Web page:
Having moved to Delta in the early ‘70s we have come to appreciate its rich history, celebrate what the city has become and look forward to its future. We are grateful for the many assets that are available to those of us who live in this town and to those who might be thinking of relocating here to work, to raise families or to retire.
During the early 1990s, we witnessed a period of growing community pride, energy and involvement on the part of Delta citizens. It was during this relatively short time period that several projects that are sources of community pride were undertaken and, in our opinion, successfully completed. Each project has served the community well, but more importantly, remains a source of community pride. Citizens of all ages and walks of life joined forces to work with city officials and staff to plan and work together in order to give something to the city that would benefit its citizens and draw others to our community to visit and possibly stay.
Much of the community pride we saw in the ‘90s seemed to be centered around Delta’s efforts to be designated an “All America City.” The designation was great, but it was the feeling of ownership, pride and the fact that we saw a community come together to work toward a common goal, to do something positive rather than sit back and criticize, as is often the case ... this was the real prize.
The “All America” designation was the result of several assets that were developed in the ‘90s that included but are not limited to the following:
Confluence Park: Starting with a vision and “can do” attitude the city turned a wasteland that had become an eyesore into a wonderful park with a lake, beaches and trails that to this day serve people of all ages and interests. We’re sure that the park does not bring in a good deal of funds directly but there is indirect economic benefit to the people of Delta and the surrounding area.
Main Street flowers: As we have traveled out of state it’s amazing how many people we meet who have spent time in Delta, and how many of them are impressed with the beautiful flower displays on Main Street and at the rec center. These flowers and the city’s murals have certainly set Delta apart from other communities and have been a source of pride for many years. We are grateful that our city officials have made sure these displays are maintained even though they are not a direct source of income.
Delta schools: In the 1990s the school district’s innovative technology labs became a national draw. Today this community boasts a National Blue Ribbon School, a Commissioners’ Cup award-winning school, a Legacy Foundation recipient school and schools accredited with distinction. The original Delta High School has been renovated while maintaining its historic look. The auditorium, built in the 1920s, has been renovated and upgraded to serve the performing arts in the area. All of this has been done by establishing partnerships with community groups, individuals and government — another example of community pride, vision and work ethic.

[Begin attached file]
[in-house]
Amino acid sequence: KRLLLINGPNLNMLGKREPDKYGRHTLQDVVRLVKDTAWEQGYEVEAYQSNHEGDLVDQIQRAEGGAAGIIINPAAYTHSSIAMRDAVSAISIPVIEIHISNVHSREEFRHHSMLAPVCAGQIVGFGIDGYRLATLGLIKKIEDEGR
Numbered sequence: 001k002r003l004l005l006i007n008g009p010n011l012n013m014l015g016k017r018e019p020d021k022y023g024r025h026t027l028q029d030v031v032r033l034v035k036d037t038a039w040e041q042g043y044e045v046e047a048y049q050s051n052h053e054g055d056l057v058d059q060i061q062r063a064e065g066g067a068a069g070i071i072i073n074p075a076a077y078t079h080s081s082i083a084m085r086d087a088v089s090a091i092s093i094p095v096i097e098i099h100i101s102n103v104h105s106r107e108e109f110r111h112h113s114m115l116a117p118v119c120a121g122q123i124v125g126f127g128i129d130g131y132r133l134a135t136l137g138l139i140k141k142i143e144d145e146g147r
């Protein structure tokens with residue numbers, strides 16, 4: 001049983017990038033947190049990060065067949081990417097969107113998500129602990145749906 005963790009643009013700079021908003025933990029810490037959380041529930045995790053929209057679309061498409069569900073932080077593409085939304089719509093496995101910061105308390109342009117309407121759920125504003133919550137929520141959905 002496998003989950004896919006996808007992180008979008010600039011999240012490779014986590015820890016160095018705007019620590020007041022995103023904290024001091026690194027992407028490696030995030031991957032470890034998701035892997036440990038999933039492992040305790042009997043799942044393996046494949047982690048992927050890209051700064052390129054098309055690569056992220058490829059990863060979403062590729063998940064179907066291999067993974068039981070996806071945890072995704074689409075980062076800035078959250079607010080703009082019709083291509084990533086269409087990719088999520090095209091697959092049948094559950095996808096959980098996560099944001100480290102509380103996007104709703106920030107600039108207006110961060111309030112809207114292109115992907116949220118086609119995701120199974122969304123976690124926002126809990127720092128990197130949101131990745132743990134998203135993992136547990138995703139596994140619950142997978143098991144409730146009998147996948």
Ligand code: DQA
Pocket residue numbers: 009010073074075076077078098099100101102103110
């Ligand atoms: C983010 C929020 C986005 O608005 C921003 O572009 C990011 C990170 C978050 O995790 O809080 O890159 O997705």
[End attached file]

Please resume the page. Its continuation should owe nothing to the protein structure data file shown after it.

Bill Heddles Recreation Center: Once again, representatives from throughout the community came together to work with the City of Delta, dream a dream, and eventually see that dream come true. It is the envy of cities much larger and more affluent than Delta. Even if the recreation center doesn’t totally pay for itself, don’t we owe it to our citizens, our children, our families and our civic groups and organizations to maintain and possibly expand it to meet the needs of the community?
We hope that it is in this same spirit of community pride and with a “can do” attitude that our leaders address another of Delta’s assets, that being Devil’s Thumb Golf Course.
In 2002, Devil’s Thumb was recognized in “Golf Digest” as the second most affordable golf course in the nation. In 2004, “Golf Now” ranked Devil’s Thumb as the 34th best public course in the nation. The point being, we have an excellent product and based on history, this community has the talent, work ethic and ingenuity to make Devil’s Thumb even more of an asset than it currently is.
Devil’s Thumb is obviously appreciated by local golfers as well as those from throughout the state. People come to play the course and often eat in our restaurants, buy fuel at our stations, and stay in our motels. Devil’s Thumb also hosts large tournaments, group meetings, weddings, family and class reunions and local civic functions. Can we do more to increase revenues ... absolutely. Can we have a public golf course that can pay for itself ... possibly not.
Few of the aforementioned assets are able to pay for themselves without the city’s and/or taxpayers’ support, but we can work together making these assets, including Devil’s Thumb, be more self-sustaining. Nothing we do, and nothing we develop, will serve all individuals, but together they can and do serve the community as a whole. It will take the same kind of vision, leadership and community effort that we saw when the clubhouse at Devil’s Thumb was built. Citizen volunteers, local business leaders, city officials and golf enthusiasts gathered together in a volunteer capacity and built the current clubhouse.
When we speak of our city to others, we speak of all the things this town has to offer — great parks, excellent schools, a beautiful downtown, great medical facilities, a recreation center, hardworking citizens, leaders with Ns, a great golf course. We speak of a history of a “can do” attitude even during tough times. We speak of a community that has always looked for ways to move forward. We hope that we can all work together to maintain and improve upon all of our assets, including Devil’s Thumb. If we can do this, we all benefit.
Don and Becky Brown
Bill and Kay Carlquist
Deltablog comments powered by Disqus